So what is headless commerce?
In simple terms, it’s the separation of the front and back ends of an ecommerce application. User interfaces are thus freed from the platform’s back-end architecture.
Retailers and brands may find headless solutions attractive for a number of reasons. They can enhance integration across multiple channels, allow greater customization, and improve customer experience and engagement.
Some businesses, however, may find their needs are best served by a full-featured approach: headless solutions may reduce content presentation functionality and complicate platform management. Headless setup costs can also be relatively high.
In short, headless solutions are not a panacea. They are, however, valuable arrows in the ecommerce quiver. Every brand and retailer is unique, and the decision to go headless should only be made in close consultation with a skilled and trusted ecommerce solution partner.
A glossary to some of the terms widely used in headless commerce follow:
Composable Commerce Architecture
To put it axiomatically, composable commerce proposes, while headless commerce disposes. Composable commerce should be viewed as the concept, while headless commerce is the physical implementation—in other words, the execution—of the concept.
Composable commerce is thus the vision that drives headless solutions. Composable commerce architecture implies third-party software components, or packaged business capabilities (PBCs), to create customized headless solutions. Different vendors offer products with different purposes—for example, shopping cart or loyalty programs. By selecting best-of-breed modules, brands and retailers can maximize the speed, scalability, and flexibility of their headless platforms.
Decoupled architecture typically consists of a traditional back end and a separate front end. In other words, the ecommerce platform’s front end—the user interface—is separated from the back end, or the software that generates the platform’s website pages, product search engine, shopping cart, and the electronic data interchange (EDI) system that allows customers to obtain information on inventory and orders in real time.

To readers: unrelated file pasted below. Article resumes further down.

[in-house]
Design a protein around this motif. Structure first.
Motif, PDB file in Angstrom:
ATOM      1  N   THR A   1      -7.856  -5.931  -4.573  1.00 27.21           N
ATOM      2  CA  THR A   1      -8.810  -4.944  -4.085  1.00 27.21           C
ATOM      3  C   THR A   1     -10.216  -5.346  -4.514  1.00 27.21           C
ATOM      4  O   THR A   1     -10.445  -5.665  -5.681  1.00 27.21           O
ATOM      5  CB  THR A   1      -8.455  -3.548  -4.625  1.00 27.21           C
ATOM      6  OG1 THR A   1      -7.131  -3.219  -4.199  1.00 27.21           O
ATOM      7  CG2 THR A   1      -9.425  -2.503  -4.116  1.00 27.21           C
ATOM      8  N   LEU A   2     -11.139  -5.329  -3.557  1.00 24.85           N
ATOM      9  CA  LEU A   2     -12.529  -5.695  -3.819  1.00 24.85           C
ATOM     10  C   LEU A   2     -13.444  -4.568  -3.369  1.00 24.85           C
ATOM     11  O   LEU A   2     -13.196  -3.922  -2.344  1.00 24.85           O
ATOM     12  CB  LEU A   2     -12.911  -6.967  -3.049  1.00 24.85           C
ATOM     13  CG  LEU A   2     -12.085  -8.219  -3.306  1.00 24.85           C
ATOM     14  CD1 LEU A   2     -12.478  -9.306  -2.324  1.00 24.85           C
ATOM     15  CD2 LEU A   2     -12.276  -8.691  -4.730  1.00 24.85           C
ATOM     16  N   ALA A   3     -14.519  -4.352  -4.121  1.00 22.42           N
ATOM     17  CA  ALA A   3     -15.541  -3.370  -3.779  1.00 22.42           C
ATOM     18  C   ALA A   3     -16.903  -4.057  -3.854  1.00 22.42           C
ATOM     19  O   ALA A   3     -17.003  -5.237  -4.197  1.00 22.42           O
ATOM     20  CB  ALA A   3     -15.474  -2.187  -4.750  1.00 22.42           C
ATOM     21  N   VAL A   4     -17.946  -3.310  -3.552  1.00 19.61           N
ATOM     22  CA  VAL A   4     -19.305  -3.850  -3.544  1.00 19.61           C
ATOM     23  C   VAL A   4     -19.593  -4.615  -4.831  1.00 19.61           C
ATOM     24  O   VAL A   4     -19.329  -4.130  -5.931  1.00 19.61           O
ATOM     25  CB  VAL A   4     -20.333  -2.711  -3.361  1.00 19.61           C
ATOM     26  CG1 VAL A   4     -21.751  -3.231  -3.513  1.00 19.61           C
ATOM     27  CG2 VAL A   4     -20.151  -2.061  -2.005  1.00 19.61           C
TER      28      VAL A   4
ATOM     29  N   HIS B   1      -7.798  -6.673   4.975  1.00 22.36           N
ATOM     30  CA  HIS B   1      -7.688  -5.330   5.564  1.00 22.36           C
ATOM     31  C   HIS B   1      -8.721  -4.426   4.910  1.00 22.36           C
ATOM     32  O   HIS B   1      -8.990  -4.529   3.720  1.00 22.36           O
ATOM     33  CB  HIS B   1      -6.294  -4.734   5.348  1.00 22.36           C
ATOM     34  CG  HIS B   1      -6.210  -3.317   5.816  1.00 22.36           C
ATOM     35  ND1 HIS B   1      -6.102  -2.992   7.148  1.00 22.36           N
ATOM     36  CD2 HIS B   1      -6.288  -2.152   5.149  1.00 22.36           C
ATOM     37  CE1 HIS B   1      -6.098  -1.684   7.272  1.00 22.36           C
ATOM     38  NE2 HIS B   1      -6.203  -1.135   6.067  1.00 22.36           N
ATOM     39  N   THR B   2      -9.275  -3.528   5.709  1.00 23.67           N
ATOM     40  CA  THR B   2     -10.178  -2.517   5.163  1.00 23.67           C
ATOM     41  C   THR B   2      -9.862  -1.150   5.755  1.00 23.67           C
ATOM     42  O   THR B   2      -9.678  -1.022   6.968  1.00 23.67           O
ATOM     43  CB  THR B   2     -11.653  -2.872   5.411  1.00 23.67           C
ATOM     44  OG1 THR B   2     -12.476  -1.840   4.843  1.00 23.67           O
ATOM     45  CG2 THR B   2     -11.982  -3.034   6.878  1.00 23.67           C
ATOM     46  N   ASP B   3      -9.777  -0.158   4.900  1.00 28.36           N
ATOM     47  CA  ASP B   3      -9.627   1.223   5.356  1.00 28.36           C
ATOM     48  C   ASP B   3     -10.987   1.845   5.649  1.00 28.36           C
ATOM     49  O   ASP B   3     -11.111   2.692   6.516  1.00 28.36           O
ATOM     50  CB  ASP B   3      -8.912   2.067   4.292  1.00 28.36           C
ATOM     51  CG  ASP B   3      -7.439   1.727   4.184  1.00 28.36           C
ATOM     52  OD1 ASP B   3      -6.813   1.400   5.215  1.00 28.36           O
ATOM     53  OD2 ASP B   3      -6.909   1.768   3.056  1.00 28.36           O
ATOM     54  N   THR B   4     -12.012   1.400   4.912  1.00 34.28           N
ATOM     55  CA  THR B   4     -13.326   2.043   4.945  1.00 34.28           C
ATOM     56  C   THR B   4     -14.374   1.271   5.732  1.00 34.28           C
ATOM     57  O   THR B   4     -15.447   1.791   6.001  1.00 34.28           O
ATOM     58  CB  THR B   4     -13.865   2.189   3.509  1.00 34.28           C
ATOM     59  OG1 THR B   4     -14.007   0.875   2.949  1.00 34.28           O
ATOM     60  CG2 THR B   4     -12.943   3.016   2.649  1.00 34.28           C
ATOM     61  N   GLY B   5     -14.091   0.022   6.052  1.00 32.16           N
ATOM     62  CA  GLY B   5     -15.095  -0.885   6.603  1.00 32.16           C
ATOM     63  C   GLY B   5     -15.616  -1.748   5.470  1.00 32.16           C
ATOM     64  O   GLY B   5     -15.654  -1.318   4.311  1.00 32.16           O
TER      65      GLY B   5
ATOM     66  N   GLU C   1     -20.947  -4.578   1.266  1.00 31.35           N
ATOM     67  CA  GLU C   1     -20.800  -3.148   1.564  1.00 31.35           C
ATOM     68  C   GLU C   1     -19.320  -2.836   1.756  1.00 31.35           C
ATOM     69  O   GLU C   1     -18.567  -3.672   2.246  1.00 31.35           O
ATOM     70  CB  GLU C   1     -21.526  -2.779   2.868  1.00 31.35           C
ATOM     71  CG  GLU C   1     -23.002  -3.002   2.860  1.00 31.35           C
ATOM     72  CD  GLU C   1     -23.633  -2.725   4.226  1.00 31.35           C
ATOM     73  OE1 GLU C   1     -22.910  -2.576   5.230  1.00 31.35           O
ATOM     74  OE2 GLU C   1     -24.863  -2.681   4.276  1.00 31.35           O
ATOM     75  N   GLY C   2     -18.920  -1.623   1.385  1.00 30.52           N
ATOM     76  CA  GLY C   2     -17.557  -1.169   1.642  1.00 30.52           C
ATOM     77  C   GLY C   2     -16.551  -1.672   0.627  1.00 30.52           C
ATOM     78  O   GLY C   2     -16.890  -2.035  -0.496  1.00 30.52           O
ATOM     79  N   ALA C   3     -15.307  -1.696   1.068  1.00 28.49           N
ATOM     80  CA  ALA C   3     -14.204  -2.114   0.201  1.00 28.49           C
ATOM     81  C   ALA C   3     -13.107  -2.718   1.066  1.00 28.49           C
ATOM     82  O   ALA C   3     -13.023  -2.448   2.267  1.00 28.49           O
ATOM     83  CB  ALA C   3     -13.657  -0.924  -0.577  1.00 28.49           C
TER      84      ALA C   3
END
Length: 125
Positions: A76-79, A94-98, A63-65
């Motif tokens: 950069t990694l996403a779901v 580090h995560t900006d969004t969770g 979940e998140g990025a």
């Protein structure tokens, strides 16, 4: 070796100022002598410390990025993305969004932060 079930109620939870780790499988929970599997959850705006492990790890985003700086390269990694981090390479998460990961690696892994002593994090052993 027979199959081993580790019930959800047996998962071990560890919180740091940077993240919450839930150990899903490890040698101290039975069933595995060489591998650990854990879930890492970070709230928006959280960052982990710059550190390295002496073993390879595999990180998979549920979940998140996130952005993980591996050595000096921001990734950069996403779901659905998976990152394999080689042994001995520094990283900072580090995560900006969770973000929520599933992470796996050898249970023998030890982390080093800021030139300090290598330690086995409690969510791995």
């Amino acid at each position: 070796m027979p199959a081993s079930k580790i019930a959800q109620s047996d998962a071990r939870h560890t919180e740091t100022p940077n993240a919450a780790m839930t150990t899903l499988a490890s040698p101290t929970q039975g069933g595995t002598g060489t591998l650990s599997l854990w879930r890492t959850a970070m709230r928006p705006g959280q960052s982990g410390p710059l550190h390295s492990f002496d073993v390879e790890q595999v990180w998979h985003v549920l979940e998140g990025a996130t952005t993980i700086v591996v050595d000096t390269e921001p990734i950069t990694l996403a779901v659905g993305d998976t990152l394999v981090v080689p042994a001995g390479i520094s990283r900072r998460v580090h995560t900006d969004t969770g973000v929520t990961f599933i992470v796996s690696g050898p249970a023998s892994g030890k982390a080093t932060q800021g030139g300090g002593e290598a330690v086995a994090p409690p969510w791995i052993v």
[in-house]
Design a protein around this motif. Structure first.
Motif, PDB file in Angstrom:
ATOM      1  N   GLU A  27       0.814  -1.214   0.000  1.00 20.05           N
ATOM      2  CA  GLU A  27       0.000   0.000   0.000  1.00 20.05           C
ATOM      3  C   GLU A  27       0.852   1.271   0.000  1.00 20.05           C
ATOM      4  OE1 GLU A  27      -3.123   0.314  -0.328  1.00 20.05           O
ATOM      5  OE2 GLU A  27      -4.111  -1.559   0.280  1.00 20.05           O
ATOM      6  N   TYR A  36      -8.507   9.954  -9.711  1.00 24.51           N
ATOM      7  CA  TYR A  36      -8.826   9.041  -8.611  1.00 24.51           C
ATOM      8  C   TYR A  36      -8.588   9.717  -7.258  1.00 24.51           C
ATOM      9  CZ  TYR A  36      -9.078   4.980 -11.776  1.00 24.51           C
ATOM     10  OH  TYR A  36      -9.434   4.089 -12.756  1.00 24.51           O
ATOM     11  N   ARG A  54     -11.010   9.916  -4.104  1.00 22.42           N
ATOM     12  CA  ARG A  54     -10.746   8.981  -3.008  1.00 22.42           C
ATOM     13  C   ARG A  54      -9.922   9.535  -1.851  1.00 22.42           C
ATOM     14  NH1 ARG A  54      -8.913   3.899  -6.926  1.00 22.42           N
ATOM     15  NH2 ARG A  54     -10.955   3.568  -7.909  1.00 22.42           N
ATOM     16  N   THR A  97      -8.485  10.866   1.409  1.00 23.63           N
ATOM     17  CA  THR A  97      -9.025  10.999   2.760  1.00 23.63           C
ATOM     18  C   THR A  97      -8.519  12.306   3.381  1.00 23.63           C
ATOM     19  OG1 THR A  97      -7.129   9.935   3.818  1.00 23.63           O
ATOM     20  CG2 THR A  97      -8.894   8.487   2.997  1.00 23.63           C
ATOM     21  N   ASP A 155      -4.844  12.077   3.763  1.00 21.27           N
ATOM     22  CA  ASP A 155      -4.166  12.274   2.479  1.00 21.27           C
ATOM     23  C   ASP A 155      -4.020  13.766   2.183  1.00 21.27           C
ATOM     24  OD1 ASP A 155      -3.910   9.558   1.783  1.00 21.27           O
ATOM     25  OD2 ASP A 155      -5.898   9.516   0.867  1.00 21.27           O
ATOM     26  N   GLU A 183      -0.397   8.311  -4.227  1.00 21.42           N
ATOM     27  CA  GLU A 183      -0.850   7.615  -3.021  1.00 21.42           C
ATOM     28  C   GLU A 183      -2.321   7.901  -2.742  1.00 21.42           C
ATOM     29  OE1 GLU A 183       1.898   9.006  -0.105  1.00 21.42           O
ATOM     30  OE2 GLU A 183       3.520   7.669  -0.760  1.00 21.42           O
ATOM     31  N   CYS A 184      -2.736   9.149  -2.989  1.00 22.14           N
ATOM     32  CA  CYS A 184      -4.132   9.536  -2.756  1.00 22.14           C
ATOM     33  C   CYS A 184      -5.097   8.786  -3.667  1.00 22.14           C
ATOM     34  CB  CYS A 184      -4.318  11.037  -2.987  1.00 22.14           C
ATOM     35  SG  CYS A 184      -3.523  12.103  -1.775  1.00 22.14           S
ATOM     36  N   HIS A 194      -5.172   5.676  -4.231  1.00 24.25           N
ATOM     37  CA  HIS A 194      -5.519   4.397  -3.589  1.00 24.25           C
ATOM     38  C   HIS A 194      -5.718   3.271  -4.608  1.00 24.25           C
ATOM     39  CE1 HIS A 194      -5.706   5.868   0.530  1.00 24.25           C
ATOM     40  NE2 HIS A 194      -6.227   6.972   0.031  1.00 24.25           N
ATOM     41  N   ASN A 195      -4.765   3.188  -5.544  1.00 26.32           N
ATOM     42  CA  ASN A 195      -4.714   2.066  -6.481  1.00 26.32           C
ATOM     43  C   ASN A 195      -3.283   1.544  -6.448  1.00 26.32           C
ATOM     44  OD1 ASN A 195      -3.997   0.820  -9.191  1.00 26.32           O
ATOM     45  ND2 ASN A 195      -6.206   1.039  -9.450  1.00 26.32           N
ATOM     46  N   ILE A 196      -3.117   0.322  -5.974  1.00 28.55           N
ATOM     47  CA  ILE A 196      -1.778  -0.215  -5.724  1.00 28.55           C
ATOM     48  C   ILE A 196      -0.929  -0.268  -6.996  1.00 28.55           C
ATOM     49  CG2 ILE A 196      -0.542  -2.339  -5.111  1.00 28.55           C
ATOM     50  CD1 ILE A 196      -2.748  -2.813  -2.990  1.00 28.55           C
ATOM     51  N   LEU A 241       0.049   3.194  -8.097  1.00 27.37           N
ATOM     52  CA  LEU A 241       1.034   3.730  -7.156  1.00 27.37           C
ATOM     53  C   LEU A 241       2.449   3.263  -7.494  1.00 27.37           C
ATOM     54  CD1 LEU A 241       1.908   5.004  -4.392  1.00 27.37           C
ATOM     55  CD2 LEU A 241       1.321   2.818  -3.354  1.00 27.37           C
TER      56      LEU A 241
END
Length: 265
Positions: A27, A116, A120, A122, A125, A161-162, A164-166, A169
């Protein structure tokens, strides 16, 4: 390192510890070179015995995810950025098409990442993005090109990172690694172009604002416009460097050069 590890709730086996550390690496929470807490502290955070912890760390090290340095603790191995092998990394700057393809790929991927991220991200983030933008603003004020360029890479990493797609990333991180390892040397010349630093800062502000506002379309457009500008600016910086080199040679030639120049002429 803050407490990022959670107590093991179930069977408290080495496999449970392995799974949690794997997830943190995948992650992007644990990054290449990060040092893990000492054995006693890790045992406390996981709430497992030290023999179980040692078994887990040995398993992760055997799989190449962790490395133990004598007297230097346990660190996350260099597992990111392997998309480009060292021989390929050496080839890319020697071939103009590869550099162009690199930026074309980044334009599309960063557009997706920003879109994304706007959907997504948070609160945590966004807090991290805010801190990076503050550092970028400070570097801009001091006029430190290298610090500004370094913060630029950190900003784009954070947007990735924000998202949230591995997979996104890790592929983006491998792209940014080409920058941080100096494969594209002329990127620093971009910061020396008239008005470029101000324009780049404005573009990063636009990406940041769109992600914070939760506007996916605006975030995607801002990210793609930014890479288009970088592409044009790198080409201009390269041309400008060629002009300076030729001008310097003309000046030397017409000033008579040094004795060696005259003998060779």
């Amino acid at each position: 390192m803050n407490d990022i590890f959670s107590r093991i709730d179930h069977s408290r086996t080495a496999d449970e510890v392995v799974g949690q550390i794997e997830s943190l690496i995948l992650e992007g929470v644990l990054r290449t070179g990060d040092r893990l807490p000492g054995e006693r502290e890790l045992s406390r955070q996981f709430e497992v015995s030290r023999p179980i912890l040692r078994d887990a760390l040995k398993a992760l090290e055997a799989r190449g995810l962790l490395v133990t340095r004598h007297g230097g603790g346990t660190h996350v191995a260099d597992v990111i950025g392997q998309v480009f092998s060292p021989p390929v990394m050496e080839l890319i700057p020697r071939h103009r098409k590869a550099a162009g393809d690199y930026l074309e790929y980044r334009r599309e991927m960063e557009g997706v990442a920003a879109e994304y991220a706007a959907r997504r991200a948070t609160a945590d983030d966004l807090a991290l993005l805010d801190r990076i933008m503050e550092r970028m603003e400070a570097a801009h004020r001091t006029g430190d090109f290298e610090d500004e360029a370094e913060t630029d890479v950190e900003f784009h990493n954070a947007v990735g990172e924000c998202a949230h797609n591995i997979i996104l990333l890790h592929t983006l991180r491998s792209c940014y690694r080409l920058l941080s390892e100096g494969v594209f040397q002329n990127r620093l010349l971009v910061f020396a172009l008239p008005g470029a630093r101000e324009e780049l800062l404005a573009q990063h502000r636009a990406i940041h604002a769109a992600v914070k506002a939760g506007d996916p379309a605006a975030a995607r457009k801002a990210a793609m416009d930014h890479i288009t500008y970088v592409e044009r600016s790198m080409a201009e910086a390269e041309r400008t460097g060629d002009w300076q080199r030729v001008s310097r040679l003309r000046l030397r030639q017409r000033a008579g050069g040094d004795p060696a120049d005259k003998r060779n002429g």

Headless architecture is essentially an extension of decoupled architecture. As in decoupled architecture, there is a single decoupled front end—but rather than a traditional back end, there are multiple core back-end systems. All front-end functionalities are expressed through APIs driven by these specialized back ends, allowing the quick and easy display of content.
This streamlined omnichannel approach leverages the reach of the brand or retailer to a significant degree. If a business decides to launch content through a connected device—any connected device, from a smartphone to a home speaker system—a new API call is employed. Plug-ins or switches to alternative platforms are thus avoided, obviating the risk of broken code.
So how does it work in the real—that is to say, virtual—world of ecommerce? Take an example of compelling interest to any brand or retailer: a purchase order. When a buy button is clicked, the headless platform dispatches an API call to the commerce engine, which then integrates data from the OMS, payment processing, and all other relevant systems. The transaction is confirmed quickly and smoothly.
Further, data provided by the APIs allow businesses to create rich and highly personalized content via digital experience platforms (DPXs), maximizing customer interest and ultimately forging deep brand and retailer loyalties.
A headless platform is a component of headless architecture that supplies functionality through APIs rather than a user interface.
The storefront head, at the heart of headless architecture, is a “body-less” application that connects capabilities from different headless platforms and represents them through the user interface.